Gross domestic product (GDP) is an economic indicator that reflects the monetary value of all final goods and services produced by a country or region in a certain period of time, usually one year. It is used to measure the wealth of a country. Also known as gross domestic product (GDP).
GDP measures the total production of goods and services in a country, so its calculation is quite complex. We have to know all the final goods and services that the country has produced and add them together. That is, the production of apples, milk, books, boats, machines and all the goods that have been produced in the country, up to the services of a taxi, a dentist, a lawyer or a teacher, among others. There is some data that is not included simply because it cannot be accounted for or known. For example, self – consumption goods or the so-called underground economy for example.
A country is said to grow economically when the GDP variation rate increases, that is, the GDP of the calculated year is greater than that of the previous year. The formula used to see the percentage of variation is:
GDP variation rate = [(GDP year 1 / GDP year 0) – 1] x 100 =%
In summary, before going further, the meaning of GDP refers to the total sum of goods and services produced in a territory during a period, usually a year. If the variation rate is greater than 0, there is economic growth. Otherwise, below zero, there is an economic decrease.
How is gross domestic product (GDP) calculated?
GDP can be measured through three methodologies:
It is the sum of residents’ spending on final goods and services over a period of time. Then GDP = final consumption + gross capital formation + exports – imports. The most used way to calculate a country’s GDP is according to its aggregate demand :
GDP = C + I + G + X – M
Being C the consumption, I the investment, G the public spending, X the exports and M the imports . From this formula we tear each data until we get all.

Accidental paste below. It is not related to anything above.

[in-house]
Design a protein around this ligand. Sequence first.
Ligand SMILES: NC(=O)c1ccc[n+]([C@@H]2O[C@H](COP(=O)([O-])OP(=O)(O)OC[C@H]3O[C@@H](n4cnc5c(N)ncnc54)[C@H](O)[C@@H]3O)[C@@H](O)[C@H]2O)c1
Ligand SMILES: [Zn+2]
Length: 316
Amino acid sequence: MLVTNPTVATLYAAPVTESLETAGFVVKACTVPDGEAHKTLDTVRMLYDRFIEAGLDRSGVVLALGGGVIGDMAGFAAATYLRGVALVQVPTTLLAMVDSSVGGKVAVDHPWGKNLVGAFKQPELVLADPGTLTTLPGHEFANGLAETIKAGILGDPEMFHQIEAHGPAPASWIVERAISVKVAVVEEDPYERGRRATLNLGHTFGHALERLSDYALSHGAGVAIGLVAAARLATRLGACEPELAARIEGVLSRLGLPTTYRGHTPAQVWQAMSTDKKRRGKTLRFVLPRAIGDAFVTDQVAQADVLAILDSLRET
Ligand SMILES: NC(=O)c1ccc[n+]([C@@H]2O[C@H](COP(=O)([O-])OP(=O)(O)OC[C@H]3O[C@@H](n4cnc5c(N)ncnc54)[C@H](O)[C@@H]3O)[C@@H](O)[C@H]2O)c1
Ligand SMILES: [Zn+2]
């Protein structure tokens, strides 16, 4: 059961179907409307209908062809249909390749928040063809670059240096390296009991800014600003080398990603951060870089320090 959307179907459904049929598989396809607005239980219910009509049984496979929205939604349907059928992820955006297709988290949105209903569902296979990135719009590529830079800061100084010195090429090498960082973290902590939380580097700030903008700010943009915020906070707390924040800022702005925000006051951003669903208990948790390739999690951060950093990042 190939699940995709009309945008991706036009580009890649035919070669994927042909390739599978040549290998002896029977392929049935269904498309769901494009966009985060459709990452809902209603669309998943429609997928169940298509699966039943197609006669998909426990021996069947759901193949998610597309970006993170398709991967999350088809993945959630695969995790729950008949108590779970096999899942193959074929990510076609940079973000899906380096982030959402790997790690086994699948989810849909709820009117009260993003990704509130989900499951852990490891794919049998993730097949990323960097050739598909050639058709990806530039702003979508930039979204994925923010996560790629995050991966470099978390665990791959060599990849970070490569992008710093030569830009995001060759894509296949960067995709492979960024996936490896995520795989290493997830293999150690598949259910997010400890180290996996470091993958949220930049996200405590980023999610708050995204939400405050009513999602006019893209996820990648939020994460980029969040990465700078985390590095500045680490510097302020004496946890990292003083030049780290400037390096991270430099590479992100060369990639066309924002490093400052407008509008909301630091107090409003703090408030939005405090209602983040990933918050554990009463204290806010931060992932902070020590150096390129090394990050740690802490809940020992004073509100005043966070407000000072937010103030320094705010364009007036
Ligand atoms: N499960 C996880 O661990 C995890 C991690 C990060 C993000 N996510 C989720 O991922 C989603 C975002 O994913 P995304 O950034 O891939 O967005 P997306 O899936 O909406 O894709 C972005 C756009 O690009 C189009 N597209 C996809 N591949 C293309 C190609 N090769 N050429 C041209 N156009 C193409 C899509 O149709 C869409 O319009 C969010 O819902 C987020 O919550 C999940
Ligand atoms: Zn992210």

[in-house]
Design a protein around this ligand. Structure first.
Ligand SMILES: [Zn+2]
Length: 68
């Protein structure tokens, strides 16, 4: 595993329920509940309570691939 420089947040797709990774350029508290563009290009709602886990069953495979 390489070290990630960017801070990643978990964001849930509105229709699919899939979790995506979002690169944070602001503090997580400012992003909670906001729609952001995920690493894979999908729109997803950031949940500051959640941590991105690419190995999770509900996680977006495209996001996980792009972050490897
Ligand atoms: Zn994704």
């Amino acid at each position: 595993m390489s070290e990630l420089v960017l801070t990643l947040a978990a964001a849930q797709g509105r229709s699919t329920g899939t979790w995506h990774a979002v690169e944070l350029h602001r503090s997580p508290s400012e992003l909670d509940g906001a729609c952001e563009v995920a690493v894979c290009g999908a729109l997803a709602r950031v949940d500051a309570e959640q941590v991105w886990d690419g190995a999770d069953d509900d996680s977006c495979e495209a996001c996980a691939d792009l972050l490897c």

In this formula we can see, ceteris paribus , why when a country’s internal consumption decreases, GDP decreases. That is, as long as the rest remains stable. The same occurs when investment, public spending or exports decrease.
Value added method
It is the sum of the added value (gross) that is generated in the production of goods and services in a country in a certain period of time. In this case, the formula for the gross domestic product is:
GDP = GVA + taxes – subsidies
Where VAB refers to the gross value added. See gross value added (VAB)
For example, if a pastry shop sells bread, the added value of a bar will be its price less what it would have cost to manufacture the bar (flour, electricity, etc.).
It is equivalent to the sum of the income that the owners of the productive factors (labor and capital) earn during a period of time. In this case GDP = compensation of employees + taxes – subsidies + operating surplus. Thus, the formula for the gross domestic product is:
GDP = RA + EBE + taxes – subsidies
Where RA is the compensation of employees and EBE is the gross operating surplus.
When we compare the gross domestic product of a quarter with the previous quarter, we obtain the quarter-on-quarter variation rate, that is, the economic growth that the country is experiencing. If we compare the GDP of a quarter with the same quarter of the previous year, we obtain the interannual rate.